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The Gamification of Retail Safety and Loss Prevention Training

by Karl Kapp

July 16, 2013

Research

by Karl Kapp

July 16, 2013

“Safety incidents and claim counts have been reduced by more than 45 percent—even with an increase in the number of stores and employees. The entire culture has shifted with safety becoming a top focus throughout the organization. The reduction in shrinkage has been at a level of 55 percent. In the case of internal loss, they see at least a 60 percent increase in their 'Integrity Pays' hotline calls, resulting in a direct reduction in inventory loss.”

Imagine running a large retail chain. Every day, a ton of industry-wide problems confront you, from inventory loss or shrinkage which occurs due to administrative errors, shoplifting, and employ pilfering to typical safety incidents which involve everything from a product falling on an associate’s toe to back injuries from improper lifting of heavy products.

Karl Kapp’s 3-part article on gamification

Pep Boys, a full-service automotive aftermarket retail chain headquartered in Philadelphia, wanted to solve these two problems. Pep Boys has over 700 stores in 35 states and Puerto Rico; those stores have more than 7,000 service bays. The company does over $2 billion dollars of business a year by focusing on meeting the needs of the do-it-yourself crowd as well as people who come in for routine and emergency services and sales to professional garages. Pep Boys has built a reputation for providing high quality, name-brand products at low prices in convenient locations with exceptional service. Pep Boys wanted to decrease both safety incidences and inventory shrinkage.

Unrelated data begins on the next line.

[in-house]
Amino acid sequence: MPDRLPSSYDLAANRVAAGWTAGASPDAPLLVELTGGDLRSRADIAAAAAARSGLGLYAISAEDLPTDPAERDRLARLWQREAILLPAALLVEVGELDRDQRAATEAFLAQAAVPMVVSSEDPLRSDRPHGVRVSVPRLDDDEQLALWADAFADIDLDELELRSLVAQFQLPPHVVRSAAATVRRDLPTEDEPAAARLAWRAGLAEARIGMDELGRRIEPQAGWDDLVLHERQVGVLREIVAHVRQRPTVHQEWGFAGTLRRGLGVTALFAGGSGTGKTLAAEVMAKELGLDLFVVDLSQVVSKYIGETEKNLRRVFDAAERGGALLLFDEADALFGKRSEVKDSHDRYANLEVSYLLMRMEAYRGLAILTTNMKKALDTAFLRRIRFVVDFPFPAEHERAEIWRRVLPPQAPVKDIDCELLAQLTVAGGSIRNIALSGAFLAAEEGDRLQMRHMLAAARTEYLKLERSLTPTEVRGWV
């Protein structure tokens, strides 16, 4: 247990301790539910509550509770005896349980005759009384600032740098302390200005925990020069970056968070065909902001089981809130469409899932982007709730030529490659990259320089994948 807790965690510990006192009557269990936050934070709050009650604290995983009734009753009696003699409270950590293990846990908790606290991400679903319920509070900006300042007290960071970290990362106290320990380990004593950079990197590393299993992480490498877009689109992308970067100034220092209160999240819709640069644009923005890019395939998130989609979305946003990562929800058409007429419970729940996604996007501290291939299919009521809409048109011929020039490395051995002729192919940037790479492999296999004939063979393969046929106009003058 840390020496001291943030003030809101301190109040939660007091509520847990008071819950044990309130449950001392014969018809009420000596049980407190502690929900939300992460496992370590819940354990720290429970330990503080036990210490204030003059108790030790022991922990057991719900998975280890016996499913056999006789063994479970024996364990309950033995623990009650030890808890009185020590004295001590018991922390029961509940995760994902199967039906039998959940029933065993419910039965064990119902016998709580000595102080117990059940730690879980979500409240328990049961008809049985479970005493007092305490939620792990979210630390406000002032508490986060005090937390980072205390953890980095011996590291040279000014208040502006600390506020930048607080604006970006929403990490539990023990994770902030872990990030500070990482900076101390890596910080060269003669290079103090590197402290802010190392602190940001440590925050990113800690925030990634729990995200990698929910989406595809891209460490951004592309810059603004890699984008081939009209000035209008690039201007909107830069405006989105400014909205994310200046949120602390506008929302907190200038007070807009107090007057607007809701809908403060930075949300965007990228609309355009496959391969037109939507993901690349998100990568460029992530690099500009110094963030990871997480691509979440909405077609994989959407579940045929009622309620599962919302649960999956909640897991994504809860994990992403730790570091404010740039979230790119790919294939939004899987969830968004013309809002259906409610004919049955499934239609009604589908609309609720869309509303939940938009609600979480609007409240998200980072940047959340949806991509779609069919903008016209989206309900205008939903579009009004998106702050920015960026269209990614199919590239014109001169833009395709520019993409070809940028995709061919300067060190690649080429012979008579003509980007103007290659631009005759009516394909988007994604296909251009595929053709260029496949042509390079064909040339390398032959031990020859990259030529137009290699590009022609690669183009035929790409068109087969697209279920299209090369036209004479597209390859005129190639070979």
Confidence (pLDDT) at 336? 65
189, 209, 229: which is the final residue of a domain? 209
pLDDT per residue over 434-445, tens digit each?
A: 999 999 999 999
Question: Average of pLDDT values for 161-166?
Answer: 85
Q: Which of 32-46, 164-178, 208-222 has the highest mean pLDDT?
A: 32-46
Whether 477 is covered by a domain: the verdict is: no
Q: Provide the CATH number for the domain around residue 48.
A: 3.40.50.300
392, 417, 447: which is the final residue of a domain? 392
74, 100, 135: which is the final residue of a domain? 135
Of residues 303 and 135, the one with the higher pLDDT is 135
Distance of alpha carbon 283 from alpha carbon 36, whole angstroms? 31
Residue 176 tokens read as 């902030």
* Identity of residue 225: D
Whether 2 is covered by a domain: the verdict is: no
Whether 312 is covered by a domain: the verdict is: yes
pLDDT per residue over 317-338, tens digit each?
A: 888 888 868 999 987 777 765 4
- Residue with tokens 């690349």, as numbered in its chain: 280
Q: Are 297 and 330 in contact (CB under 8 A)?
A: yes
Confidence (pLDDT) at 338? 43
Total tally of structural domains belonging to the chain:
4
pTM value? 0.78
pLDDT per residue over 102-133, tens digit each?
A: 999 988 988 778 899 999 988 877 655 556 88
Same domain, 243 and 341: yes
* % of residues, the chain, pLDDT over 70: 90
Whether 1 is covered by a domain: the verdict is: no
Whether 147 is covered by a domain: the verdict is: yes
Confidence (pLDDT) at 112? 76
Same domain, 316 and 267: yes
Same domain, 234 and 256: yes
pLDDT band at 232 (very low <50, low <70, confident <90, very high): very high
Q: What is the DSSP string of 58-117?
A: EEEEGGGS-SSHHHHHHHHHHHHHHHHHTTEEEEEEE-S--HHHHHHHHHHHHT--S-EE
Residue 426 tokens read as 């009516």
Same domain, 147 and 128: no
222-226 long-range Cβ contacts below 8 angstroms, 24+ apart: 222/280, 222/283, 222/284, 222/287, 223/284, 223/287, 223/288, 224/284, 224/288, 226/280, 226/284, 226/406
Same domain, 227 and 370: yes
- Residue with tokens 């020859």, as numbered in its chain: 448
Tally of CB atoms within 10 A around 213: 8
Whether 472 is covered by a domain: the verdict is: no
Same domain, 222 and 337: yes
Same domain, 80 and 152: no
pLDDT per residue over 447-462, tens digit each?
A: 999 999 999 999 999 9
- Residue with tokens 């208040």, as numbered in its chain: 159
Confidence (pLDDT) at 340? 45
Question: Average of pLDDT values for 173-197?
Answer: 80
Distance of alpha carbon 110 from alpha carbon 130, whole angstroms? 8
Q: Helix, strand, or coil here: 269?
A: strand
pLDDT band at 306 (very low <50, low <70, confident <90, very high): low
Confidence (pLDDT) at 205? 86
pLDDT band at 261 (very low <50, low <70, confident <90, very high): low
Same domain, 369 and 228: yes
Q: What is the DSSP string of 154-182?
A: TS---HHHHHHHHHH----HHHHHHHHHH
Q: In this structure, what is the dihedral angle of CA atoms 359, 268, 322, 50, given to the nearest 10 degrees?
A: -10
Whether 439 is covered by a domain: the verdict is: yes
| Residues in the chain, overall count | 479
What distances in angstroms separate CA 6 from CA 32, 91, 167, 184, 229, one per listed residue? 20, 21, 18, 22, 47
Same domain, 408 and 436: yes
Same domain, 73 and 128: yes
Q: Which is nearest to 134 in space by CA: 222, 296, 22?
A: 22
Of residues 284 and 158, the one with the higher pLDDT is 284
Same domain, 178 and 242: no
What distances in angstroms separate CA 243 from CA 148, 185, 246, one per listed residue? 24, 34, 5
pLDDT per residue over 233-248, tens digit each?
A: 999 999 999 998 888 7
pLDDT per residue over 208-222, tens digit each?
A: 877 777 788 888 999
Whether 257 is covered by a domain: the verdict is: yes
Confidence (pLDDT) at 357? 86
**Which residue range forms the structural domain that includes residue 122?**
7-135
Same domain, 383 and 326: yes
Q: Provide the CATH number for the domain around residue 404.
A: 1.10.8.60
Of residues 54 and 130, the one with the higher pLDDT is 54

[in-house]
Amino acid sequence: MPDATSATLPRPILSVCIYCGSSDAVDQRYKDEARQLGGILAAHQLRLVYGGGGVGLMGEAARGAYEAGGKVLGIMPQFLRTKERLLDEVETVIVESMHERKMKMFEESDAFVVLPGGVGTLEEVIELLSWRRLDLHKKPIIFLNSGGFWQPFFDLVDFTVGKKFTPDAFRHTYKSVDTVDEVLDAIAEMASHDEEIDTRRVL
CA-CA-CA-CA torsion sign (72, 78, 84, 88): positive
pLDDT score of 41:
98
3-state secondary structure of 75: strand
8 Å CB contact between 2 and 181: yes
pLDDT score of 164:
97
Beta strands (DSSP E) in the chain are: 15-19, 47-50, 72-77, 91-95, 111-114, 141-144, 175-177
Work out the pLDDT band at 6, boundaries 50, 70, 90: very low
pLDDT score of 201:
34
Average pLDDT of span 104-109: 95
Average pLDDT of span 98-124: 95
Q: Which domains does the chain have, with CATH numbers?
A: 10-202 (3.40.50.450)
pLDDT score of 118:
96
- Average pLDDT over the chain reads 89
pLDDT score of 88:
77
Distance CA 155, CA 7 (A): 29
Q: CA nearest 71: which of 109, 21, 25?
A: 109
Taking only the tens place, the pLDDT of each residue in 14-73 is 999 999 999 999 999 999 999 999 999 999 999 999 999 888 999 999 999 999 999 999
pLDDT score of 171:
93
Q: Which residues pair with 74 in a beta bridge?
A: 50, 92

Challenge

The team at Pep Boys analyzed the problems named in the first paragraph and was perplexed. They had instituted a fairly robust store-level awareness program that included posters, monthly manager-led meetings, and even impromptu huddles to explain the need for safety and loss awareness. The results were typical: Immediately after an intervention safety increased and inventory losses deceased. Unfortunately, after a short time, the impact of the intervention deteriorated. Employees were not retaining or operationalizing the learning. With over 19,000 employees undergoing the training, it was becoming important to find a way to make the learning stick over a longer period.

Gamification solution

To address the issue, Pep Boys implemented a gamification platform called Axonify. They rolled the platform out to the associates, who received daily reinforcement of the monthly safety and loss prevention training they received through a quiz-type game. (See Figures 1 and 2 for screen shots from the game.) Associates answered quick, targeted questions related to risk, loss prevention, safety, and operational policies and procedures—standard questions in these areas. If they answered correctly, they played a slot-machine game titled “Quiz to Win” for a chance to win cash prizes. If they answered incorrectly, the system immediately presented a short training piece designed to specifically address the topic covered in the initial question. Questions repeated at various intervals until the associate demonstrated mastery of the topic. The entire process takes 30-90 seconds each day and associates do it either at the beginning of a shift or during downtime throughout the day.


Figures 1, 2:
Every day, learners answer questions presented on the gamified platform

Business impact